Don’t fret—you’ll only remember the good stuff anyways

While doing some reading on the topic of time yesterday, I came across a quote from William James:

“Where is it, this present? It has melted in our grasp, fled ere we could touch it, gone in the instant of becoming.”

It is true that all moments are fleeting. As we think about time, there is forever this tension between trying to be in the moment, and recognizing that “now” is practically non-existent. By the time it can be thought of, it has already faded into the past.

There is an anticipating self, an experiencing self, and a remembering self. The good life requires giving proper attention to all three. In general, while we talk about how hard it is to be in the moment, I think it is actually easiest to over-indulge the experiencing self. We make decisions based on current feelings and energy levels. Certain aspects of the anticipating and remembering selves can be likewise given too much thought: dread of an upcoming meeting, rehashing an argument. What is harder is to make decisions in the present that will make the anticipating and remembering selves happier. Doing this requires planning wonderful things in the future to look forward to (while knowing that not all will be perfect), and rather than asking what we feel like doing now, ask what the remembering self will look back fondly on having done.

I have been thinking of this tension in planning my summer. I know my second son’s “Mommy Day” will involve roller coasters, and I’m not particularly into that idea, but I scouted out the park to figure out which ones I can deal with, and watched the point-of-view videos to see what the rides would entail, so I can actually somewhat look forward to them. I also know that the rides themselves will take about 2 minutes each, and I can deal with pretty much anything for 2 minutes. And then — this is key — my remembering self will be happy that I gave my son this experience. My anticipating self can already picture his little gap-toothed grin.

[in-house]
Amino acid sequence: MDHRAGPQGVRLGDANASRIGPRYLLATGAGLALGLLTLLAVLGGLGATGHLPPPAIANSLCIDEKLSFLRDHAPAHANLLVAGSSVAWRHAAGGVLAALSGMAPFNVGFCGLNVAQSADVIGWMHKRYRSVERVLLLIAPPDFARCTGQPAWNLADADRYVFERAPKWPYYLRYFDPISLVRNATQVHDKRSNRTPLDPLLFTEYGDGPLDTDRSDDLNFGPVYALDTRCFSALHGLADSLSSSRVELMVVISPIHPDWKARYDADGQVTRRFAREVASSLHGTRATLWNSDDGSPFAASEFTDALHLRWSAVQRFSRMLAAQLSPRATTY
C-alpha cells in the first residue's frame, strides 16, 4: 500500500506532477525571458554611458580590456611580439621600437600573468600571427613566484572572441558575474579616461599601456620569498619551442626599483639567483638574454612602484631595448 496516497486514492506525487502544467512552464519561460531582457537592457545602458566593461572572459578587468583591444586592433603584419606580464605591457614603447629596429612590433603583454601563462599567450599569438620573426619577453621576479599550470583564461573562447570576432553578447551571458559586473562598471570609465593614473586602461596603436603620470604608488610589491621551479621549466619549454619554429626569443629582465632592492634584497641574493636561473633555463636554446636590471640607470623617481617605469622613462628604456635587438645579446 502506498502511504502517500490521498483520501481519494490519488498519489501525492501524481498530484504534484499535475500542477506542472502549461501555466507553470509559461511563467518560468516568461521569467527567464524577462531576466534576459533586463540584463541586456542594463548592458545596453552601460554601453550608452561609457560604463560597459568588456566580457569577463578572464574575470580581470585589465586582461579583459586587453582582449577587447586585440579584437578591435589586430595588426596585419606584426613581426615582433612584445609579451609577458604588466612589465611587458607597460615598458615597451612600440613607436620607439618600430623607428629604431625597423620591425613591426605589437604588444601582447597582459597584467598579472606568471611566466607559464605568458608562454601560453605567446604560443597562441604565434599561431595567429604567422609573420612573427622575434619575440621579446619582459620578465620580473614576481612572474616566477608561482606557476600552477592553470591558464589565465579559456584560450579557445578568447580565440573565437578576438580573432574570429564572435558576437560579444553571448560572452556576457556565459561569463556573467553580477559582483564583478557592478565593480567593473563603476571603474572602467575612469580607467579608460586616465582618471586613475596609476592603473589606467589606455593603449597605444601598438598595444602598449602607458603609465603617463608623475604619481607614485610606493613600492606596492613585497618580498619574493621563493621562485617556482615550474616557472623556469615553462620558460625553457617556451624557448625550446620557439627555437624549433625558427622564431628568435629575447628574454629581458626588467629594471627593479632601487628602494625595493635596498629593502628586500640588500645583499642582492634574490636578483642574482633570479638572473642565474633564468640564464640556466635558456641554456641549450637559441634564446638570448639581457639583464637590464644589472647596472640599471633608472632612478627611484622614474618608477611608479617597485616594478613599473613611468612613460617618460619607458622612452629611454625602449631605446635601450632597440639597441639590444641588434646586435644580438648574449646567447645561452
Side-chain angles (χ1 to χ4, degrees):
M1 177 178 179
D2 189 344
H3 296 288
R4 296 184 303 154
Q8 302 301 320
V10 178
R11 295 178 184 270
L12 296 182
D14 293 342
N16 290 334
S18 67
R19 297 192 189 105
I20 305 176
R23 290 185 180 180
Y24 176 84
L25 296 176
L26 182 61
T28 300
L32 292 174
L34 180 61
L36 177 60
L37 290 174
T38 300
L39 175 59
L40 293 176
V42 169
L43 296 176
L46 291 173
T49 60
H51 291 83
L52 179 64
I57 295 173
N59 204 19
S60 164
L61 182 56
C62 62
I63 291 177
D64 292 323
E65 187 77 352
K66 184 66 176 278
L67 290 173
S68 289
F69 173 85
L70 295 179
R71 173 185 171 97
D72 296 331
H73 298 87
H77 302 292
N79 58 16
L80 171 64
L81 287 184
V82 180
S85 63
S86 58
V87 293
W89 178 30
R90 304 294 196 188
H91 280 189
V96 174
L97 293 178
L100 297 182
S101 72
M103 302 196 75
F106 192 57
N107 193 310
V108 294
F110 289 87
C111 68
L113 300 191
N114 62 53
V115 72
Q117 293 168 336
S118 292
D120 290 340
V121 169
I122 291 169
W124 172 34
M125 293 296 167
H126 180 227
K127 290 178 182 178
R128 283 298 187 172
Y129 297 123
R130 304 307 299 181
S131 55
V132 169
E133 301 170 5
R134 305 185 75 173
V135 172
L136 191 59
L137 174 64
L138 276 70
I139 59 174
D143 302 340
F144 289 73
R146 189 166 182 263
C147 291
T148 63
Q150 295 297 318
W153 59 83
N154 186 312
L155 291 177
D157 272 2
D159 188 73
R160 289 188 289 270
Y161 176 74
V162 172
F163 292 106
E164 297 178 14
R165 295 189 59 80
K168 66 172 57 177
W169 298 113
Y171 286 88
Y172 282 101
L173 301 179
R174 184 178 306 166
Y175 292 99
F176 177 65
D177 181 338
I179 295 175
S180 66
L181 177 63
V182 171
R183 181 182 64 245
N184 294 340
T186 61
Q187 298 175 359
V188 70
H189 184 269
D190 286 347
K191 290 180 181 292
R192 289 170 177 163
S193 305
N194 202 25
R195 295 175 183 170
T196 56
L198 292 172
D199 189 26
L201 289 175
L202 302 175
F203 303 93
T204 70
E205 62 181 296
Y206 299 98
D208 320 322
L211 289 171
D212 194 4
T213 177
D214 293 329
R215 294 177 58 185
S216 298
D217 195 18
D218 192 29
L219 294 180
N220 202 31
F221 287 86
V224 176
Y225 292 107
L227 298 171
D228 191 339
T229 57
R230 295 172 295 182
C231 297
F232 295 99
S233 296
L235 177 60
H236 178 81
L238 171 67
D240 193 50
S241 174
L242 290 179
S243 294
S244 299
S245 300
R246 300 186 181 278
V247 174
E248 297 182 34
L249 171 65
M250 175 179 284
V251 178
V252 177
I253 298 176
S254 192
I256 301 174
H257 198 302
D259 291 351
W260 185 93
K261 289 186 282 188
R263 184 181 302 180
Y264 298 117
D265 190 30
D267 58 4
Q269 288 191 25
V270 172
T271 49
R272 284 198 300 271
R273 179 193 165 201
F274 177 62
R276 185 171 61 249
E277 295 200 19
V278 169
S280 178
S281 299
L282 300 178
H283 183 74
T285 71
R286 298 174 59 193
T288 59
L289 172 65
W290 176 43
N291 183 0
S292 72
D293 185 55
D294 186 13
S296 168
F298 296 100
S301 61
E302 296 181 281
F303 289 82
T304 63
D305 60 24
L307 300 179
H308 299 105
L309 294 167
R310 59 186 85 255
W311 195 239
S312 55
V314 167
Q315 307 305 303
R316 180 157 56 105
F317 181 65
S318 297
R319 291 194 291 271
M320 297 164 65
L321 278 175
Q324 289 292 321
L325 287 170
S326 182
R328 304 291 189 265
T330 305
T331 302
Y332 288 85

We are also figuring out an end-of-August vacation. A little over two years ago, we took the crew to the Netherlands during tulip time in April. This was an item on my bucket list. As my husband and I were talking about potential locations last night, he reminded me of how much of that trip was tough. The kids were jet-lagged (though that doesn’t seem worse than the baby constantly waking up in the middle of the night now). They had trouble with art museums and foreign food. Even the day we went to an amusement park was cold and rainy. That is true, but my remembering self thinks of little of that now. Instead, I see seas of tulips, bright in the spring sunshine. I remember biking in a park, I remember seeing the little town my grandfather left years before. I remember being up in the middle of the night, but my memory is of writing the first draft of I Know How She Does It in my jet-lagged state.

It is hard to be perfectly happy in the moment, but my memory of that trip is happy. My remembering self is glad we went. My anticipating self learns to trust that there will be more happy memories to come — possibly things I cannot currently fathom. This is the stuff of hope. Unlike the present, it can be perpetual. It is not gone in the instant of becoming.


A version of this article originally appeared on Laura Vanderkam’s website.